We are running software raid1 using MDADM on ubuntu 11.04. What's the best way to get rid of it Keeping the current system ?

I want to use hardware raid instead.

What I tried to do: -Copied the 1disk of software raid using HDClone. Configured degraded raid array without the second disk. Then copied everything from /dev/md0 onto a spare disk /dev/sdb using dd utility. However the copy wasn't accurate so I was not able to boot. I even tried to reinstall grub but it all didnt work. What's the best way to do this procedure? Thanks


I would move the installation to another drive. With the same DD utility, and do a grub install on it so that it boots normally. After that setup your hardware raid, and do DD from the drive you setup back to the new hardware raid drive and do a grub install on that drive, and you should be set.

  • for some reason dd from MD0 to dev sda fails...maybe should I use some parameters like a block size? – RomanG May 4 '12 at 3:34

On creating your software RAID you have chosen to combine multiple drives into one logical unit. In your case a RAID1 is just mirroring data. On using mdadm you did that by partitioning and configuring your drives accordingly. Exactly this is why disk-clone utilities obviously fail to move your data to another drive.

Of course you can still copy (e.g. by using cp -a or any other copy utility) your data from the RAID to any other spare disk.

In case we need to resolve our software RAID we can do so by e.g.:

sudo umount /dev/md0
sudo mdadm --stop /dev/md0
sudo mdadm --zero-superblock /dev/sda1 /dev/sdb1

Adapt the setting shown here for RAID /md0 and drives /sda and /sdb to your settings.

After that we need to change the partition type back from RAID to normal, install Grub, and update our fstab.

See also this question

  • should I run this using LiveCD? or boot the system first using the raid? – RomanG May 8 '12 at 2:17
  • IIRC you can't stop an array used by the system you booted from. If it's not a mere data drive you need to do this from a live session. – Takkat May 8 '12 at 6:03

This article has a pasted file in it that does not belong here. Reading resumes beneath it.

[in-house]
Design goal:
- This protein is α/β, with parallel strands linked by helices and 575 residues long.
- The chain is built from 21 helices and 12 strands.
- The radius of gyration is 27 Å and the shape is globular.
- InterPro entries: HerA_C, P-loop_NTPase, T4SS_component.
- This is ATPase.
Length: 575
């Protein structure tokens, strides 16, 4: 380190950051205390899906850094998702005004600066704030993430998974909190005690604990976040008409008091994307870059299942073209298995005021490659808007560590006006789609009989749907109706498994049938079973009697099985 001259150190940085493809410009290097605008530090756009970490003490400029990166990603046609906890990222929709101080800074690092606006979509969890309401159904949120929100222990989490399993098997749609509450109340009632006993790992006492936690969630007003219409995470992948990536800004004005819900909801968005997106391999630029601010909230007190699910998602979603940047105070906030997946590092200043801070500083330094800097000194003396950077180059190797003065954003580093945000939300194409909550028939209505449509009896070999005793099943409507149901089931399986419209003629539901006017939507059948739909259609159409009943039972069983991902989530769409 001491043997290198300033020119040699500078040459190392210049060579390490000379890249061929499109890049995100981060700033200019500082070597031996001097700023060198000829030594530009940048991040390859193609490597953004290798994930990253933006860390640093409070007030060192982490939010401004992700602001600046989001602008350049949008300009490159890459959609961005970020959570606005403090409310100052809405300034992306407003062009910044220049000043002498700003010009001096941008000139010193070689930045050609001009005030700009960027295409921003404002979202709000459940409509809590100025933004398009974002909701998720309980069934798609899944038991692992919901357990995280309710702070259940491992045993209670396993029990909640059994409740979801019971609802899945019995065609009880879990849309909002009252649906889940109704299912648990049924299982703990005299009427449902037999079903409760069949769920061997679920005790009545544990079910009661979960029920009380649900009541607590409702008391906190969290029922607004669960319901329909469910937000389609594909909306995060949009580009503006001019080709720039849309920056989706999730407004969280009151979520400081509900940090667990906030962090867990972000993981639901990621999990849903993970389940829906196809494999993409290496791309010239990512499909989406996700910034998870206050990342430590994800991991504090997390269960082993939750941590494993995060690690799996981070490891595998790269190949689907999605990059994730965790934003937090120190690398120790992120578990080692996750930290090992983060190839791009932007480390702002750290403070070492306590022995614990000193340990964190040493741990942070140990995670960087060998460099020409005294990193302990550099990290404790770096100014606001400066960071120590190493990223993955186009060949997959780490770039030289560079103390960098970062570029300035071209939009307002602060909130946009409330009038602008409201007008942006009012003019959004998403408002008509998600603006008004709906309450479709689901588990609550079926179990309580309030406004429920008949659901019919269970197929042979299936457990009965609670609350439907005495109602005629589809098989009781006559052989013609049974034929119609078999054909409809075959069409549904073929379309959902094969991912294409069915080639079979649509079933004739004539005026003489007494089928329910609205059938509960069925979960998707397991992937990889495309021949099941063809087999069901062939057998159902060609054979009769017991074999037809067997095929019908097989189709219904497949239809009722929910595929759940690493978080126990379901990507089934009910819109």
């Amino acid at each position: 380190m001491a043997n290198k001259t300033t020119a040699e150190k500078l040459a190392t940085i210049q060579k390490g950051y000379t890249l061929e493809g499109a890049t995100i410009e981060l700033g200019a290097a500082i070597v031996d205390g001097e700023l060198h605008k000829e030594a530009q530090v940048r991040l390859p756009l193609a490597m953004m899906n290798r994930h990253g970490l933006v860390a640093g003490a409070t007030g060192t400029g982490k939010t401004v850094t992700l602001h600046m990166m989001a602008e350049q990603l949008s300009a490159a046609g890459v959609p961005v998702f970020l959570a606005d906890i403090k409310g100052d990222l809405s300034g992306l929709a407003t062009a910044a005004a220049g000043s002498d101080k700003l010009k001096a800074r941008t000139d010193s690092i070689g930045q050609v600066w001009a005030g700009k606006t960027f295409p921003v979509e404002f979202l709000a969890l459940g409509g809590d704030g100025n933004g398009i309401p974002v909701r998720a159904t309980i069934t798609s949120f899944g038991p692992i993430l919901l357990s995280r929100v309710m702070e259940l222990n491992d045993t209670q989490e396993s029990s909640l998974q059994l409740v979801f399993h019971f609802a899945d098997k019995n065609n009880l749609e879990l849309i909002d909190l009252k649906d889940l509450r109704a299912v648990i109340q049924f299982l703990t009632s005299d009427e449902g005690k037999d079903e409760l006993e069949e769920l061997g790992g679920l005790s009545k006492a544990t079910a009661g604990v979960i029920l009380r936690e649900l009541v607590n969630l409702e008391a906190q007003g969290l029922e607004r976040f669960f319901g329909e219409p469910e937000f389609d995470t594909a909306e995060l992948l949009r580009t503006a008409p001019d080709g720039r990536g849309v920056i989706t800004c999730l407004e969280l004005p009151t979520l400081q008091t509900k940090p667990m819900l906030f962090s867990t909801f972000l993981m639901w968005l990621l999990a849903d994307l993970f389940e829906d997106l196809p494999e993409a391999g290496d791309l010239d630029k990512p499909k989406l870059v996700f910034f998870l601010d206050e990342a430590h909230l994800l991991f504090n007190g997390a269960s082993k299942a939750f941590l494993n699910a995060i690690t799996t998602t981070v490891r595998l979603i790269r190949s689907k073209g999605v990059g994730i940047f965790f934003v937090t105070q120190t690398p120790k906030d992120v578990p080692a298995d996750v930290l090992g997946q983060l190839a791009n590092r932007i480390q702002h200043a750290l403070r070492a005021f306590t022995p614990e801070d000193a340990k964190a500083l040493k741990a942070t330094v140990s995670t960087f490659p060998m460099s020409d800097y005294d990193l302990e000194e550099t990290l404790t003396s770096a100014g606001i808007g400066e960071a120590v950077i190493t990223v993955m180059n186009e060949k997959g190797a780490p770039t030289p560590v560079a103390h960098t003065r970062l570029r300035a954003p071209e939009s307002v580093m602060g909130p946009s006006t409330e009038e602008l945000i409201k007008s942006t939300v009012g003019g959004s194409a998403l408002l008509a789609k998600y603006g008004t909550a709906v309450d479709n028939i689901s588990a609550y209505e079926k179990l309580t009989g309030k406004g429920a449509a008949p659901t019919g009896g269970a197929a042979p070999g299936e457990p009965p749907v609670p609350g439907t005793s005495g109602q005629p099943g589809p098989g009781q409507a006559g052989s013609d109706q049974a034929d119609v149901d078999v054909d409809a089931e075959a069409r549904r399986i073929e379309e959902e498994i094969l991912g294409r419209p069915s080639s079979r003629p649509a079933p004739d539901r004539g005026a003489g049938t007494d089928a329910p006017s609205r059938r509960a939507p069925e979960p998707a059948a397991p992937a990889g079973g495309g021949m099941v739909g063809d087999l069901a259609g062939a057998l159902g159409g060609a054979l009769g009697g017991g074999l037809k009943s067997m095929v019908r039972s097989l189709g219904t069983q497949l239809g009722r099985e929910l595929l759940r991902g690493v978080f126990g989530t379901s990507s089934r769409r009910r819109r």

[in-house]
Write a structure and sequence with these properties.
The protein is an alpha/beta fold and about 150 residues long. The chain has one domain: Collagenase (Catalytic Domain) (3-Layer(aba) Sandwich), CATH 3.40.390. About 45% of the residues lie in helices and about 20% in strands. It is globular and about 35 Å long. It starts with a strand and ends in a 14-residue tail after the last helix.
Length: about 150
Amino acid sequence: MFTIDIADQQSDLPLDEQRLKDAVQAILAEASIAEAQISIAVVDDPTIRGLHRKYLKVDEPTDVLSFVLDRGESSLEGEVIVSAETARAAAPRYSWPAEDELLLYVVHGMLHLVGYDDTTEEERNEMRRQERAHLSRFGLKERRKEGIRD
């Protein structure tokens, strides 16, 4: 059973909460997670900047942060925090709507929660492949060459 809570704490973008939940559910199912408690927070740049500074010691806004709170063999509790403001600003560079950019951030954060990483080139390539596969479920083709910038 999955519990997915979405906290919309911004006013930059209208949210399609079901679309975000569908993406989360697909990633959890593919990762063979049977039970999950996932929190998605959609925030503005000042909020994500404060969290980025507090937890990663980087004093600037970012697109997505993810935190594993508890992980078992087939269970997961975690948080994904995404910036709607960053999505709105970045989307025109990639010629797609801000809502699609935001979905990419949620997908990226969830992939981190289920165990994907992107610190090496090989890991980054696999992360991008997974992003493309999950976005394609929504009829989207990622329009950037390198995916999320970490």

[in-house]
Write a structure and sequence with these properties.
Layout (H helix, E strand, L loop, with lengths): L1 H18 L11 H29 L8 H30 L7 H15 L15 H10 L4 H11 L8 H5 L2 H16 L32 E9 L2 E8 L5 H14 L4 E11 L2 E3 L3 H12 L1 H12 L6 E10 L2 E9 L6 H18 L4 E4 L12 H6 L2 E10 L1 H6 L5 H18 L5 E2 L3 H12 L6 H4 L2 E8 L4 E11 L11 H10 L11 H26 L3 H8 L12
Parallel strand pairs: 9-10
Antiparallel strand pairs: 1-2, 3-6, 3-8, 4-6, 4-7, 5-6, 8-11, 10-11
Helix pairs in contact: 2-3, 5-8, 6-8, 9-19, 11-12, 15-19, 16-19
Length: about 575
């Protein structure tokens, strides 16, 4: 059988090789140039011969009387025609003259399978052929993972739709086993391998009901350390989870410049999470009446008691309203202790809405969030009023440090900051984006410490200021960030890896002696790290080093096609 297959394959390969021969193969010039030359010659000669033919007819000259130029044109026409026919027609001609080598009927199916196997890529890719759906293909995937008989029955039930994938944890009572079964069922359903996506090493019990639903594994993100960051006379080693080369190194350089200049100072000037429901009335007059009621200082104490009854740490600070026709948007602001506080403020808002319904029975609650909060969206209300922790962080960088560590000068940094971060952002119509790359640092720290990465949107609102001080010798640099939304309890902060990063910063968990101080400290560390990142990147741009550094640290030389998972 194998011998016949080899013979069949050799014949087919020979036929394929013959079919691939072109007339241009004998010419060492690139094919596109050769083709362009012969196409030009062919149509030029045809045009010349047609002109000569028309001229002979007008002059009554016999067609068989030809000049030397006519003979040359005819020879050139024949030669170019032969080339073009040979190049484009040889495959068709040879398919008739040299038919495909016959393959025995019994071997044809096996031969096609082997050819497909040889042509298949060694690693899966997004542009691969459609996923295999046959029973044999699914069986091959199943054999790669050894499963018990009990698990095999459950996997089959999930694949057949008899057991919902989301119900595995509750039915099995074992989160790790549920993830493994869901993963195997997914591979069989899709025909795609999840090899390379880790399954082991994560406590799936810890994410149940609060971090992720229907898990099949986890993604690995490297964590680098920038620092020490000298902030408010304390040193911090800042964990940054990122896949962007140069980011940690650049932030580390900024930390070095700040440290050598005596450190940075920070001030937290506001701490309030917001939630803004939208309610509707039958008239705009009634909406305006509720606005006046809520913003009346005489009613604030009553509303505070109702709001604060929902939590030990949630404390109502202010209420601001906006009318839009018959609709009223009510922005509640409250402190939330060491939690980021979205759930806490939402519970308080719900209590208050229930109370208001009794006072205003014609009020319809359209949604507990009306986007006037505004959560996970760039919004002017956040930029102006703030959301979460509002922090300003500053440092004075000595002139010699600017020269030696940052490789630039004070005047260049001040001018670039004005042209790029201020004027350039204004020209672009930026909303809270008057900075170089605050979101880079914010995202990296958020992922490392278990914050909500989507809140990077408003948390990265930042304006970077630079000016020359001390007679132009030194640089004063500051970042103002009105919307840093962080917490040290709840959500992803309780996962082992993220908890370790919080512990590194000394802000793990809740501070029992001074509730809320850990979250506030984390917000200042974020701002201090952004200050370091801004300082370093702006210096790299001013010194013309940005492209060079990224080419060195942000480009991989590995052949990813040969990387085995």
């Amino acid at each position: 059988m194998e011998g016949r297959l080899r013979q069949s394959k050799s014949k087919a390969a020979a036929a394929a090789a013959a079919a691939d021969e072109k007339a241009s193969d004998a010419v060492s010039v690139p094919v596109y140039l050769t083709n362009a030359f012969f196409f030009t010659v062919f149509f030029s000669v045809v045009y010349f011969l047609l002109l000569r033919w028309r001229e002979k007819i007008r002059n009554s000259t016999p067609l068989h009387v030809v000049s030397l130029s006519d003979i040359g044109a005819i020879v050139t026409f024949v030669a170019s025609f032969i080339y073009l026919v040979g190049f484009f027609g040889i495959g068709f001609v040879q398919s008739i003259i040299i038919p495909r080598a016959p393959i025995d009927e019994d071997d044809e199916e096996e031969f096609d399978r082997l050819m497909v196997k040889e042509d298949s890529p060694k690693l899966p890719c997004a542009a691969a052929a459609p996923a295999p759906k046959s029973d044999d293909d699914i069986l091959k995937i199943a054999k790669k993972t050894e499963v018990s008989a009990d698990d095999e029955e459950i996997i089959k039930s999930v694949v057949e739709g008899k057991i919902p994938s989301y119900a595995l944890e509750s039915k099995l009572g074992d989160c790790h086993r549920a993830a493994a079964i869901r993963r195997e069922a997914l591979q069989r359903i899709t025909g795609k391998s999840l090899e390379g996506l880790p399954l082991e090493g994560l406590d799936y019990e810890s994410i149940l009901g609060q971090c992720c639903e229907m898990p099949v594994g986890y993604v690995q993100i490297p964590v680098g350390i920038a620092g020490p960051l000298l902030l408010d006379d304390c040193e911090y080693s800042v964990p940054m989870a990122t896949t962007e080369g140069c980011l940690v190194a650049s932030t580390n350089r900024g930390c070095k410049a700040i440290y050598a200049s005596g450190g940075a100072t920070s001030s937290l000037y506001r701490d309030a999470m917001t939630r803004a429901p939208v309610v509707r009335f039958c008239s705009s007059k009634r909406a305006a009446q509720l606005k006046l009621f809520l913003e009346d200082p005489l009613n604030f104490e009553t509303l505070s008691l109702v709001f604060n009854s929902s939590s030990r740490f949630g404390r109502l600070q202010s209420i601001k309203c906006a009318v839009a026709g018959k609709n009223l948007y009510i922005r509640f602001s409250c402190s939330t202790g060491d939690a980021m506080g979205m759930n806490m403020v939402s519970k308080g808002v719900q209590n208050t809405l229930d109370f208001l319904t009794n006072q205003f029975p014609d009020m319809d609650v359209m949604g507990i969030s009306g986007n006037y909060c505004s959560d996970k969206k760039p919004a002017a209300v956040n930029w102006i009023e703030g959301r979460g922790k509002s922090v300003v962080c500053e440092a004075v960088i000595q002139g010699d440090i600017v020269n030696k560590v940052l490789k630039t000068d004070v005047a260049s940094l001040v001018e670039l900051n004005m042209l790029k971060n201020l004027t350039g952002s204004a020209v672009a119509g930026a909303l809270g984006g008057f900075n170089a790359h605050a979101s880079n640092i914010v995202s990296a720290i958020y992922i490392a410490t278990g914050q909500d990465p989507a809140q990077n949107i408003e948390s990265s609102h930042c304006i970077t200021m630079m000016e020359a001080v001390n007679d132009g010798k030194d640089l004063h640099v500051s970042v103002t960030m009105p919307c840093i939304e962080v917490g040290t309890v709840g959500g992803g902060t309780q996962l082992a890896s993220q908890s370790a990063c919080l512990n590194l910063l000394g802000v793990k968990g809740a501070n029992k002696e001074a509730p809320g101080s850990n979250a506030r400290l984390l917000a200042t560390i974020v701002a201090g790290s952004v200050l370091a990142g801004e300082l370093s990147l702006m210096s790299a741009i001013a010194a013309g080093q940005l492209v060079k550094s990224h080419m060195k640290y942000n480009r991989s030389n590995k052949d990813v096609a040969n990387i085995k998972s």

• I was able to remove the second disk by running this mdadm -G /dev/md0 -n 1 --force However, the system still relies on /dev/md0...how to get rid of this completely? Thanks – RomanG May 9 '12 at 3:07

This might come a little late..

dd is the best tool to clone raw disks ( or partitions ), and that's exactly what it does.

it copies raw data regardless ( and unaware ) of what filesystem / structure is on the source ( data + metadata )> so ponder on this for a while, as this actually means it will reconstruct the target exactly the same as the source. Or shorter > dd'ing a raid member will create a raid member .... which in your case will create a second degraded array.... And that's definitely not what you intended to do...

also while it's true that a raid1 mirrors data, it doesn't mean the raw data of the raid members is identical ( some metadata will differ )

proper procedure for reusing a former raid member is to blank it by using

dd if=/dev/zero of=/dev/sdb bs=4k ( don't copy pasta this > change output device to your needs. )

this will properly zero any data / metadata > this is also a good idea on new disks...

if the raid was used as a system disk > run a live cd ( don't copy from a running system )

repartition / format / mount the cleaned disk mount the degraded raid array and copy the raids contents with

sudo rsync -HAXavx /media/raid1/ /media/newdisk/

following is only when raid was a system disk :

alter the UUID's in fstab on the target volume ( find out what the new disk UUID is by running blkid )

copy the boot sector by running dd if=/dev/sda of=/dev/sdb bs=446 count=1 ( and NOT bs=512 like most folks think > using 512 will overwrite your partition table !! )

I'm now assuming the target disk is mounted as /media/newdisk

sudo mount --bind /dev /media/newdisk/dev

sudo mount --bind /sys /media/newdisk/sys

sudo mount --bind /proc /media/newdisk/proc

sudo chroot /media/newdisk/ ( and after you altered the UUID's in fstab )

grub-install /dev/sdb ( to make sure you've rewritten a fresh bootloader )


exit ( this returns to your non chrooted environment )

sudo reboot


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